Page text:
Duke and Duchess of Cambridge go fishing in Canada

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Media captionThe BBC's Peter Hunt reports on the visit to Haida Gwaii by the Duke and Duchess of Cambridge

The Duke and Duchess of Cambridge went fishing for salmon in waters that residents say are threatened by a liquid natural gas project, during the penultimate day of their Canadian tour.

The royal couple joined a group of teenagers on a fishing boat trip in the waters of the Haida Gwaii archipelago off the British Columbia coast.

They had earlier paddled into the heart of wilderness community in a canoe.

Haida Gwaii means "islands of the people".

Archaeological evidence suggests the area has been inhabited for at least 10,000 years.

The royal couple travelled to the area in a 25ft canoe for about 20 minutes before docking at a pebble beach close to a heritage centre on Graham Island, one of 150 islands in the chain.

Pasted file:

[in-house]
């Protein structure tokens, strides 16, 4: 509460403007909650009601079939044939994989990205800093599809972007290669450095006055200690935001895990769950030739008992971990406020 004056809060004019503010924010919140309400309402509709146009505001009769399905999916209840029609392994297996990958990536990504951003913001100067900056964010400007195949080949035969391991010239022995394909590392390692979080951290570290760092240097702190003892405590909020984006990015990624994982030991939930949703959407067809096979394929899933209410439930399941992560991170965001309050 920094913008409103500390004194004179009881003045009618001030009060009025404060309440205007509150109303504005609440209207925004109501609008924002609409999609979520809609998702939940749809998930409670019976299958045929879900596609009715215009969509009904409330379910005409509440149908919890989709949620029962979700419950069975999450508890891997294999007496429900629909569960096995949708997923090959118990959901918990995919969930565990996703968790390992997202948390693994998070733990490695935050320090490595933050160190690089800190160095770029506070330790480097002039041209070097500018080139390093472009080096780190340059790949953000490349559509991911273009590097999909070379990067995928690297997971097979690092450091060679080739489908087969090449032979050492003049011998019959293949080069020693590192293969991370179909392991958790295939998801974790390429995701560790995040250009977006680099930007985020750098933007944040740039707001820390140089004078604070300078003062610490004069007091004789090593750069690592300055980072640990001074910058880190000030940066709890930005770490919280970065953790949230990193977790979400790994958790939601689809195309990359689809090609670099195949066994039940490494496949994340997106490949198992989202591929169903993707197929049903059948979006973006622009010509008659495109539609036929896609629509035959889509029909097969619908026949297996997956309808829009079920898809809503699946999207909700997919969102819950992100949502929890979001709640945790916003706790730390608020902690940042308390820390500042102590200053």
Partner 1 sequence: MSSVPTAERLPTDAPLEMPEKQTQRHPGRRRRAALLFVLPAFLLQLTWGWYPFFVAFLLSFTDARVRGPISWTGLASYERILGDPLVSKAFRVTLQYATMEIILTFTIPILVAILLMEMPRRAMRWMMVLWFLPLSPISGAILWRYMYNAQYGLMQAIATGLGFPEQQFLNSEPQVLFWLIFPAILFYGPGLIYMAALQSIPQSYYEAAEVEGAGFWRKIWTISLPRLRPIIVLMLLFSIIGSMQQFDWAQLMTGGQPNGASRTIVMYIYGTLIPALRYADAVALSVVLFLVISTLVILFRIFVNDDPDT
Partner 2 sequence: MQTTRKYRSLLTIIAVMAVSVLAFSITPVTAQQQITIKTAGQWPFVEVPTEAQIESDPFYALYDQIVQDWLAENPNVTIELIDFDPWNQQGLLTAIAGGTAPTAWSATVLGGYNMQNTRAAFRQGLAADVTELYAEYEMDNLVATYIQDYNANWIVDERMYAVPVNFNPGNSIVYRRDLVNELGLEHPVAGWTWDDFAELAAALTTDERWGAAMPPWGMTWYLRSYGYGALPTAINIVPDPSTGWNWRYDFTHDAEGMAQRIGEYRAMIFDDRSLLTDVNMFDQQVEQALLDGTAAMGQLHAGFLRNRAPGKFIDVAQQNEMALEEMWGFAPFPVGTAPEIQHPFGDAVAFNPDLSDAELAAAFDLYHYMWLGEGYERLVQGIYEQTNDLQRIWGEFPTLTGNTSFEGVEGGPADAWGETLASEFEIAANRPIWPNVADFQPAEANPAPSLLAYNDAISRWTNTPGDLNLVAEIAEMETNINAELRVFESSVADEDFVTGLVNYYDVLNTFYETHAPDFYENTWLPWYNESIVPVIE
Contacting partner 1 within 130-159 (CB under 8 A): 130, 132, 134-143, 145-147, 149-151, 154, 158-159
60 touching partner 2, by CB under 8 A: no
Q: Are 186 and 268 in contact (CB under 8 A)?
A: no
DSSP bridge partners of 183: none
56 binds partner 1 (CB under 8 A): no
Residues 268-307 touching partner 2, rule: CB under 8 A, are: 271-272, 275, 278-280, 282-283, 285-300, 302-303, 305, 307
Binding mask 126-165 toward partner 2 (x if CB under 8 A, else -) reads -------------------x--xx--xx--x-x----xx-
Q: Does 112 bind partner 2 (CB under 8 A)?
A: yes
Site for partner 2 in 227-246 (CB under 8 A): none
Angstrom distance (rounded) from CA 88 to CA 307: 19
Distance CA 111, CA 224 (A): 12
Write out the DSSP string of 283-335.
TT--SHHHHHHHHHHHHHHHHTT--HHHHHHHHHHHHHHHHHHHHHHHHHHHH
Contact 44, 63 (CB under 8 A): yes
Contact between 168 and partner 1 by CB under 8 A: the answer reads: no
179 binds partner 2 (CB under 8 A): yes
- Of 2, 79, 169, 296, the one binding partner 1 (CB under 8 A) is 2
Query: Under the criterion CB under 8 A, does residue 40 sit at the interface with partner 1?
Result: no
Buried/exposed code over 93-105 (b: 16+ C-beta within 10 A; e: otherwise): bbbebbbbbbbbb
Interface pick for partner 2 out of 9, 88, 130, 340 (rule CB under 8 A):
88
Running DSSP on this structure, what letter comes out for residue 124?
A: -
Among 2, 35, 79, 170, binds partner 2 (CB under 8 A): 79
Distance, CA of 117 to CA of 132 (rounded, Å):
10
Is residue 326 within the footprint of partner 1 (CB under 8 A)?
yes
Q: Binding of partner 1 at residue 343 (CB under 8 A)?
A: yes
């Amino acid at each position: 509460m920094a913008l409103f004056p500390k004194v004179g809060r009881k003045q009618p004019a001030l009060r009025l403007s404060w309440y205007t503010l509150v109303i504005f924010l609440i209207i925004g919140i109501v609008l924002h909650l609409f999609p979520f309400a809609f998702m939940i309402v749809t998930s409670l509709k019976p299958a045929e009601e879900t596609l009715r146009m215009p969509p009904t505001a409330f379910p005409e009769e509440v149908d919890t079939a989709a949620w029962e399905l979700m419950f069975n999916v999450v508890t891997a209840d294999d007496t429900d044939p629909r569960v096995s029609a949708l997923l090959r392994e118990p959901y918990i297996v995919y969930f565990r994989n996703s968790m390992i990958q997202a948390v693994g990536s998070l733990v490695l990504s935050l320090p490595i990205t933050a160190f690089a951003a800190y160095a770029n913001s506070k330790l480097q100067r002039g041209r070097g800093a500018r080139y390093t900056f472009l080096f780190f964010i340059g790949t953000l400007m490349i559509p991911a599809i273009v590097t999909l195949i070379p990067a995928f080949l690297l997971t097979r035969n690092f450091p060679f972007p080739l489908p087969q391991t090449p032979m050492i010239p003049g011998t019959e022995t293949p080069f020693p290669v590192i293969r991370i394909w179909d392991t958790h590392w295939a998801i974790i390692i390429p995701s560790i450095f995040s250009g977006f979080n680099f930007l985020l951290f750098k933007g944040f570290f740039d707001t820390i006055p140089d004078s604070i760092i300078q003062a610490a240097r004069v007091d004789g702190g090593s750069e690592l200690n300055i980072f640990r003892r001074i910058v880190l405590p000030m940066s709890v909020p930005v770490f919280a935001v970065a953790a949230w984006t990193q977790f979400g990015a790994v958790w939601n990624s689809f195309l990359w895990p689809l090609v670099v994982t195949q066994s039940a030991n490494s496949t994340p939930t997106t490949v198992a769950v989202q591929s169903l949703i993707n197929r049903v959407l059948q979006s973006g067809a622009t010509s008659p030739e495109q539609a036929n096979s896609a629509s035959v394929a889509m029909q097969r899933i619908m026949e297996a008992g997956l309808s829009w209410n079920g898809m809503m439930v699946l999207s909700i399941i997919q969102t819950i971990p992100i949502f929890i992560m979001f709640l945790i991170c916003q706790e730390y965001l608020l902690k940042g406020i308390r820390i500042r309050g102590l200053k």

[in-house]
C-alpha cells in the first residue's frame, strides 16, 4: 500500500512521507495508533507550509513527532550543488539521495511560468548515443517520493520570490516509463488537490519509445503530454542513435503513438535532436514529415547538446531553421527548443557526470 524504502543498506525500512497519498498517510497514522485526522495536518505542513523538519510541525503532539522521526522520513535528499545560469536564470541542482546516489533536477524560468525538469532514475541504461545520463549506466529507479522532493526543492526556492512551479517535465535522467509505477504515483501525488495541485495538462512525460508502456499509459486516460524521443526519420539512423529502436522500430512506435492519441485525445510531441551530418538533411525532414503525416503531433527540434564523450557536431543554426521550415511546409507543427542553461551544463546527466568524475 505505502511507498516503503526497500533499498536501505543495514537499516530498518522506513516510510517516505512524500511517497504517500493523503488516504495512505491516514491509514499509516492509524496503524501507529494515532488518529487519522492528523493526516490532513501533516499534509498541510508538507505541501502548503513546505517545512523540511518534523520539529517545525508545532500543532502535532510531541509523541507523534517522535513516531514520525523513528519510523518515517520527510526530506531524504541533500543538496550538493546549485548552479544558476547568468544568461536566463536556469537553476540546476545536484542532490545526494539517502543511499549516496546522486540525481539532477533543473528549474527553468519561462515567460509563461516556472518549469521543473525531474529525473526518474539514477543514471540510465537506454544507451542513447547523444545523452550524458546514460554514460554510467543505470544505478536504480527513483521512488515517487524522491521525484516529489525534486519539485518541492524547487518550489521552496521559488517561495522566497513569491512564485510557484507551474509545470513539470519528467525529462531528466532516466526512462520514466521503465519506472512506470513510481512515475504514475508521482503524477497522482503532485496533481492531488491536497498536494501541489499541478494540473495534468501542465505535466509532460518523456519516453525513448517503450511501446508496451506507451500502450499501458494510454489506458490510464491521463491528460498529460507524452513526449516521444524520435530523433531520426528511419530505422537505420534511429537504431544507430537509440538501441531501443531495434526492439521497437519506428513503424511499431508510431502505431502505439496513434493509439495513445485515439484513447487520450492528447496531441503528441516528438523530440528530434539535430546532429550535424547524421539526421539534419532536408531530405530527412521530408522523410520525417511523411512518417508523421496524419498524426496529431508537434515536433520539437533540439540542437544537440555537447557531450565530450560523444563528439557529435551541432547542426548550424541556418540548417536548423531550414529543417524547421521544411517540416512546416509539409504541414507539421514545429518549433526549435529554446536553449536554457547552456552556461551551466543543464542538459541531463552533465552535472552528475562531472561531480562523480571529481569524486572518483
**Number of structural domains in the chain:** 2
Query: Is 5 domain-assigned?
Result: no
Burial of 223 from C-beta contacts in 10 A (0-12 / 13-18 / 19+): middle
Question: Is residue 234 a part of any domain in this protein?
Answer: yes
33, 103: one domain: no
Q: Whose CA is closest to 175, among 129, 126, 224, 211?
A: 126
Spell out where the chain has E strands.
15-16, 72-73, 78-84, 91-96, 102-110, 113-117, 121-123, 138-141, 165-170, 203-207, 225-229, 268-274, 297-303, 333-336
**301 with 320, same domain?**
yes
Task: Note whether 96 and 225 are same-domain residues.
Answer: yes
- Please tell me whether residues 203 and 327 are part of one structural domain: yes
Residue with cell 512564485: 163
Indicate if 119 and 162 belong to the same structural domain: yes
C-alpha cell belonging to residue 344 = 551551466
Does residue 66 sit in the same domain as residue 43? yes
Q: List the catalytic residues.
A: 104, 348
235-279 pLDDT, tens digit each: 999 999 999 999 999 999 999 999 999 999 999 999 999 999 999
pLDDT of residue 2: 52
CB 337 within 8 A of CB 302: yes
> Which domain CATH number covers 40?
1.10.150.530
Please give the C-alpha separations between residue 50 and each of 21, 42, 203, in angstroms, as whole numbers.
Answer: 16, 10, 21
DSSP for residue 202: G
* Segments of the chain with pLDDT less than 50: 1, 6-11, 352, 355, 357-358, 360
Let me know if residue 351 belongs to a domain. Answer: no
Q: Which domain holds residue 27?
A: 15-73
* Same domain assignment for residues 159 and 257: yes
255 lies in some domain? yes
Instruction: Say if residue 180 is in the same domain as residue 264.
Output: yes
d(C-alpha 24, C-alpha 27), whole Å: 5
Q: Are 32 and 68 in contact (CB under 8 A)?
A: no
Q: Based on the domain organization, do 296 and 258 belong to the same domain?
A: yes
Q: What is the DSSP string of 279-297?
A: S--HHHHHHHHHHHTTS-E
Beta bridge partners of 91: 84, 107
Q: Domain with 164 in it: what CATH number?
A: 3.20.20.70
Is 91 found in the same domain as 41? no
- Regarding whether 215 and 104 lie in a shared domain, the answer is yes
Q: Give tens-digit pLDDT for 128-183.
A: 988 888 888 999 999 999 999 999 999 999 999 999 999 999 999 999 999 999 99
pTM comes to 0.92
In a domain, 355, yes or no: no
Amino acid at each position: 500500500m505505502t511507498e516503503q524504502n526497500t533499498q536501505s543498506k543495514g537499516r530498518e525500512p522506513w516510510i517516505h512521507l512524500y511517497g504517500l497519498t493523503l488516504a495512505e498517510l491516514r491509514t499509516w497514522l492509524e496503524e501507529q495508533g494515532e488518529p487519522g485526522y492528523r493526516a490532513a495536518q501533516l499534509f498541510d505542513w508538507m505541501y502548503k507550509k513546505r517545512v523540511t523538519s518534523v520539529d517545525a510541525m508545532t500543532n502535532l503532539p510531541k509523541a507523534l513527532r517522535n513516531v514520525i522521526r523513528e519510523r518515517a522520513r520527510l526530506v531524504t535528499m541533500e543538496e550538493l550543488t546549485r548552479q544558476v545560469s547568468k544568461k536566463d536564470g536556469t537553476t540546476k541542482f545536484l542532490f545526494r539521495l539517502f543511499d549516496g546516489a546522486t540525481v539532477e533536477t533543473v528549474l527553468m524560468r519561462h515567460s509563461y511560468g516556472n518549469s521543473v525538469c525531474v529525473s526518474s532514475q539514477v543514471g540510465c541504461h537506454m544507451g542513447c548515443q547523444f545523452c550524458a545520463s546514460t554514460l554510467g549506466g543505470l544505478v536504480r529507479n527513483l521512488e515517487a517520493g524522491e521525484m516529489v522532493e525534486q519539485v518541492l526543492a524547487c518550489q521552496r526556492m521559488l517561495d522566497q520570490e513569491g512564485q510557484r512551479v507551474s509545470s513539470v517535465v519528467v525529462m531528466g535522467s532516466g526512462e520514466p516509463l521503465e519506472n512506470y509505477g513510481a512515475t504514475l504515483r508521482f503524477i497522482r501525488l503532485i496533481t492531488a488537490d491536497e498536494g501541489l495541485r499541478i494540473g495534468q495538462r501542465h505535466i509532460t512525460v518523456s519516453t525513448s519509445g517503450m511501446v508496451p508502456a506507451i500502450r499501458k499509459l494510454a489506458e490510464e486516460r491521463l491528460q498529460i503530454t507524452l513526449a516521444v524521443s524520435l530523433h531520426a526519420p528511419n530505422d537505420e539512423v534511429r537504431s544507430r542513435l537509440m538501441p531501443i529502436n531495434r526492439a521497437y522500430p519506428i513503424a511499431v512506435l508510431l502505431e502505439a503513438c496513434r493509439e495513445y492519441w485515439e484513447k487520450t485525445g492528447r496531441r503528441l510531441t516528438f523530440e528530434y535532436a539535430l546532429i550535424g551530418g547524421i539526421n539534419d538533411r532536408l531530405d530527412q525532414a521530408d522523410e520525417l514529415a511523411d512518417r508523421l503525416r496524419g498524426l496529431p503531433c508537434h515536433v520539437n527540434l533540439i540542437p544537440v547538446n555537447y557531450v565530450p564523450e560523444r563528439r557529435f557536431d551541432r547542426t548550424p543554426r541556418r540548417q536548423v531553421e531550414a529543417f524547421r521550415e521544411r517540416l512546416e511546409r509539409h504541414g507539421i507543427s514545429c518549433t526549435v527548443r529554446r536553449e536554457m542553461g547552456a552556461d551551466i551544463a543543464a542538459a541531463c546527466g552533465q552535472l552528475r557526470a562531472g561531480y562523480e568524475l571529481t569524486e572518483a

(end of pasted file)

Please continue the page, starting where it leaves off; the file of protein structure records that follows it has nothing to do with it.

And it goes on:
Meanwhile, residents staged a silent protest against a multi-billion pound liquid natural gas (LNG) pipeline and export terminal they say will have a detrimental effect on the environment.

The government of Canadian prime minister Justin Trudeau approved the Pacific NorthWest LNG export terminal earlier this week.

Image copyright Reuters

The duke and duchess wore life jackets for their trip to fish for Coho salmon and to check a crab pot off Graham Island.

As the vessel pulled away from its moorings the duchess was shown a fish in a box and jokingly held it up as if she had caught it - but they later returned without a fish.

Earlier during a welcome ceremony the couple were given scarves trimmed with sea otter fur, gifts that were a mark of respect.

Image copyright Getty Images

The cedar and spruce-covered islands are home to 5,000 people, of whom about a third belong to the Haida Nation.

The duke and duchess flew by helicopter onto Graham Island after travelling up from their base in Victoria on a military plane.

Image copyright PA
Image copyright PA
Image copyright PA

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